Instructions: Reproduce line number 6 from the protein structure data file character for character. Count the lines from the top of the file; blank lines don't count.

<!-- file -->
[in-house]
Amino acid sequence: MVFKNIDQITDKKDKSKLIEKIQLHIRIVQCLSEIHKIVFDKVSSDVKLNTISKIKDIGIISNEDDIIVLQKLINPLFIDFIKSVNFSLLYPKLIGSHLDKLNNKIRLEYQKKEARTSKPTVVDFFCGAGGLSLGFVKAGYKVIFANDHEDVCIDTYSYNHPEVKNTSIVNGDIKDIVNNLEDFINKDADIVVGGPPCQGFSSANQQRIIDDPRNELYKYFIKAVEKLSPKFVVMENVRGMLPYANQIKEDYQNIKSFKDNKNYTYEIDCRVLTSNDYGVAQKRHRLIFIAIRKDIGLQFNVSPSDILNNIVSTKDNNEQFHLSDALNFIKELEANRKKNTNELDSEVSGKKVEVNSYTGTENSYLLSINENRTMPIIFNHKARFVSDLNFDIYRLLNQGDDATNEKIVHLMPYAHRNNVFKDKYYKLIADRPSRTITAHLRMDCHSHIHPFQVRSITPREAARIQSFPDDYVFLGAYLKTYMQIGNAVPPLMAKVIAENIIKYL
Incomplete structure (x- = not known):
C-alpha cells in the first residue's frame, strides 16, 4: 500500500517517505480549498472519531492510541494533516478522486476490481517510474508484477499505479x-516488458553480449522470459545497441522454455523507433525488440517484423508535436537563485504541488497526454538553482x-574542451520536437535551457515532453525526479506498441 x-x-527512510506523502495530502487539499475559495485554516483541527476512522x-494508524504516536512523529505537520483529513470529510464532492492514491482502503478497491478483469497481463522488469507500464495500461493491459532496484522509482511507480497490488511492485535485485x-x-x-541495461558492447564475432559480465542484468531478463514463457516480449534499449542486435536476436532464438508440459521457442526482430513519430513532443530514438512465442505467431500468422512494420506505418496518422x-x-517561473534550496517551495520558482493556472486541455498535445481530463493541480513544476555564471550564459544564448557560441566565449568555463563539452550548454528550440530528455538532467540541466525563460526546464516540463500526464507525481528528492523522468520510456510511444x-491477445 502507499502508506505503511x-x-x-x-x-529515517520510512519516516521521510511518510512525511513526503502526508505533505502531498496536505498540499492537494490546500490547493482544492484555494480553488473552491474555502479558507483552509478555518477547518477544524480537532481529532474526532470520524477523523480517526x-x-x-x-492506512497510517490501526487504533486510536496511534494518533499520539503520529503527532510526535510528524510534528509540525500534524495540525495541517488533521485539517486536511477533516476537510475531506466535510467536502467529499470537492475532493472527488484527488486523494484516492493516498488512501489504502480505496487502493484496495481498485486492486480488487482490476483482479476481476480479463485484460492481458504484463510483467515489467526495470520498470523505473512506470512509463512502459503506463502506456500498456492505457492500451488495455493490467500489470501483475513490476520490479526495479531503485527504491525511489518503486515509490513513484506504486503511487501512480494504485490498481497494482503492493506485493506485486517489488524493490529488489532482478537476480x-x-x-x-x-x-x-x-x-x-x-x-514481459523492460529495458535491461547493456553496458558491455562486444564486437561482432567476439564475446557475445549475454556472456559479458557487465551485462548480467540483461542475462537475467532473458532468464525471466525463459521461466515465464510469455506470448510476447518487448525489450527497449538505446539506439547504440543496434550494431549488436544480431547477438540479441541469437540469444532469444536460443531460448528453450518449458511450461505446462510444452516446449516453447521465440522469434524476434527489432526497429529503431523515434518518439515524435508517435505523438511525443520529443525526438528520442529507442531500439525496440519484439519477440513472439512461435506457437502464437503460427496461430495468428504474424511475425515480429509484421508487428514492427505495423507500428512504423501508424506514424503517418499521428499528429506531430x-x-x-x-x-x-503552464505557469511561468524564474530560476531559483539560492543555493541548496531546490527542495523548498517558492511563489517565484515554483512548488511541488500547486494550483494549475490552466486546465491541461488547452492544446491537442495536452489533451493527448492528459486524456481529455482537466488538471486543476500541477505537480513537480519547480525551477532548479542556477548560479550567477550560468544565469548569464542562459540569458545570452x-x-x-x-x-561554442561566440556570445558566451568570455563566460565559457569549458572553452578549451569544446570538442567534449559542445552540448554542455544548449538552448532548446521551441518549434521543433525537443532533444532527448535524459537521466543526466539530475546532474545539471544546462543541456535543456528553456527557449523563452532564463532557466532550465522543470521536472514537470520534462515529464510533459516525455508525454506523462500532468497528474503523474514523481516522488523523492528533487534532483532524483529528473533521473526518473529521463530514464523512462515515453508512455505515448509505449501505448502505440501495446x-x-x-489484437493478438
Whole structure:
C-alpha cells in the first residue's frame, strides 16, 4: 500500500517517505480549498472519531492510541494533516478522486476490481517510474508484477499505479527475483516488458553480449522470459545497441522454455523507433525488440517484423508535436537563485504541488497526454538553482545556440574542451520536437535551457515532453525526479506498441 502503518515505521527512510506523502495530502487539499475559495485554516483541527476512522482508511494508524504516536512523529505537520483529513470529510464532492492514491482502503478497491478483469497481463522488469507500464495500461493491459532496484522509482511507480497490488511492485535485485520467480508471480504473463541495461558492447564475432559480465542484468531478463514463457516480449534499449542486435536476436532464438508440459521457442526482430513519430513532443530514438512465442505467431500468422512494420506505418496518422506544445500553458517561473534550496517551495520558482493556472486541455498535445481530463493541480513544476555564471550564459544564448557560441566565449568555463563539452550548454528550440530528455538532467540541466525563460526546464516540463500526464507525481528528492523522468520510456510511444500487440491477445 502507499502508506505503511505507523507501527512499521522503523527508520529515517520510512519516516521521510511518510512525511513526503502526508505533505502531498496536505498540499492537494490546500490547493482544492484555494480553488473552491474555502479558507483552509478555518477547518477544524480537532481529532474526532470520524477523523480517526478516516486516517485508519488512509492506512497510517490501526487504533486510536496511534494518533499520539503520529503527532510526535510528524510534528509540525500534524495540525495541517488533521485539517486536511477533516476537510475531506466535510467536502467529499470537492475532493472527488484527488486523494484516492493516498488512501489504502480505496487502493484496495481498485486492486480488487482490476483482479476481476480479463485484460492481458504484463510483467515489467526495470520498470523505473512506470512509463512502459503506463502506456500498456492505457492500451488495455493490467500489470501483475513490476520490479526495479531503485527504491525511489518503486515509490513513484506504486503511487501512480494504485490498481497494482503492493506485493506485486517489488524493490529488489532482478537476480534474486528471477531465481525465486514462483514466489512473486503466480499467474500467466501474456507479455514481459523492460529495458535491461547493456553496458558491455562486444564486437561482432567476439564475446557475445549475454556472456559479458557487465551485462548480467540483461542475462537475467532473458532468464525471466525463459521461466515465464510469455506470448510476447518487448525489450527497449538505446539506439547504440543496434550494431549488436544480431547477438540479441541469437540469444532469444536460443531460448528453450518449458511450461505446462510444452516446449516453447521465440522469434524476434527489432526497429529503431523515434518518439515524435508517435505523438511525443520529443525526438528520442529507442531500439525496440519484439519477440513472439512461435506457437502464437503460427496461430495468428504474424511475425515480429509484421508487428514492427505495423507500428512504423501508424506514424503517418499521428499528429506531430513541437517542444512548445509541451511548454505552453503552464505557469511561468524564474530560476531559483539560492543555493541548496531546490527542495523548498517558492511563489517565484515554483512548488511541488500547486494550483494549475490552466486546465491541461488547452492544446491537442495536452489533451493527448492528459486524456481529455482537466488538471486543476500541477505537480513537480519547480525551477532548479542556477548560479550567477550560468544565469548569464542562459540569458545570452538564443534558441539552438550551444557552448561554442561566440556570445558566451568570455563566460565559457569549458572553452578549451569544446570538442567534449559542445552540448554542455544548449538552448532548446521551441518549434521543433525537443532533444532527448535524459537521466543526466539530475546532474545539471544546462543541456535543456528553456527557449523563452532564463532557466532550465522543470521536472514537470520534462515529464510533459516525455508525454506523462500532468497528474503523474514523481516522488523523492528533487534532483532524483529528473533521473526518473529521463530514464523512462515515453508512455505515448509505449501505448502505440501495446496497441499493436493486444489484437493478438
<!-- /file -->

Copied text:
C-alpha cells in the first residue's frame, strides 16, 4: 500500500517517505480549498472519531492510541494533516478522486476490481517510474508484477499505479527475483516488458553480449522470459545497441522454455523507433525488440517484423508535436537563485504541488497526454538553482545556440574542451520536437535551457515532453525526479506498441 502503518515505521527512510506523502495530502487539499475559495485554516483541527476512522482508511494508524504516536512523529505537520483529513470529510464532492492514491482502503478497491478483469497481463522488469507500464495500461493491459532496484522509482511507480497490488511492485535485485520467480508471480504473463541495461558492447564475432559480465542484468531478463514463457516480449534499449542486435536476436532464438508440459521457442526482430513519430513532443530514438512465442505467431500468422512494420506505418496518422506544445500553458517561473534550496517551495520558482493556472486541455498535445481530463493541480513544476555564471550564459544564448557560441566565449568555463563539452550548454528550440530528455538532467540541466525563460526546464516540463500526464507525481528528492523522468520510456510511444500487440491477445 502507499502508506505503511505507523507501527512499521522503523527508520529515517520510512519516516521521510511518510512525511513526503502526508505533505502531498496536505498540499492537494490546500490547493482544492484555494480553488473552491474555502479558507483552509478555518477547518477544524480537532481529532474526532470520524477523523480517526478516516486516517485508519488512509492506512497510517490501526487504533486510536496511534494518533499520539503520529503527532510526535510528524510534528509540525500534524495540525495541517488533521485539517486536511477533516476537510475531506466535510467536502467529499470537492475532493472527488484527488486523494484516492493516498488512501489504502480505496487502493484496495481498485486492486480488487482490476483482479476481476480479463485484460492481458504484463510483467515489467526495470520498470523505473512506470512509463512502459503506463502506456500498456492505457492500451488495455493490467500489470501483475513490476520490479526495479531503485527504491525511489518503486515509490513513484506504486503511487501512480494504485490498481497494482503492493506485493506485486517489488524493490529488489532482478537476480534474486528471477531465481525465486514462483514466489512473486503466480499467474500467466501474456507479455514481459523492460529495458535491461547493456553496458558491455562486444564486437561482432567476439564475446557475445549475454556472456559479458557487465551485462548480467540483461542475462537475467532473458532468464525471466525463459521461466515465464510469455506470448510476447518487448525489450527497449538505446539506439547504440543496434550494431549488436544480431547477438540479441541469437540469444532469444536460443531460448528453450518449458511450461505446462510444452516446449516453447521465440522469434524476434527489432526497429529503431523515434518518439515524435508517435505523438511525443520529443525526438528520442529507442531500439525496440519484439519477440513472439512461435506457437502464437503460427496461430495468428504474424511475425515480429509484421508487428514492427505495423507500428512504423501508424506514424503517418499521428499528429506531430513541437517542444512548445509541451511548454505552453503552464505557469511561468524564474530560476531559483539560492543555493541548496531546490527542495523548498517558492511563489517565484515554483512548488511541488500547486494550483494549475490552466486546465491541461488547452492544446491537442495536452489533451493527448492528459486524456481529455482537466488538471486543476500541477505537480513537480519547480525551477532548479542556477548560479550567477550560468544565469548569464542562459540569458545570452538564443534558441539552438550551444557552448561554442561566440556570445558566451568570455563566460565559457569549458572553452578549451569544446570538442567534449559542445552540448554542455544548449538552448532548446521551441518549434521543433525537443532533444532527448535524459537521466543526466539530475546532474545539471544546462543541456535543456528553456527557449523563452532564463532557466532550465522543470521536472514537470520534462515529464510533459516525455508525454506523462500532468497528474503523474514523481516522488523523492528533487534532483532524483529528473533521473526518473529521463530514464523512462515515453508512455505515448509505449501505448502505440501495446496497441499493436493486444489484437493478438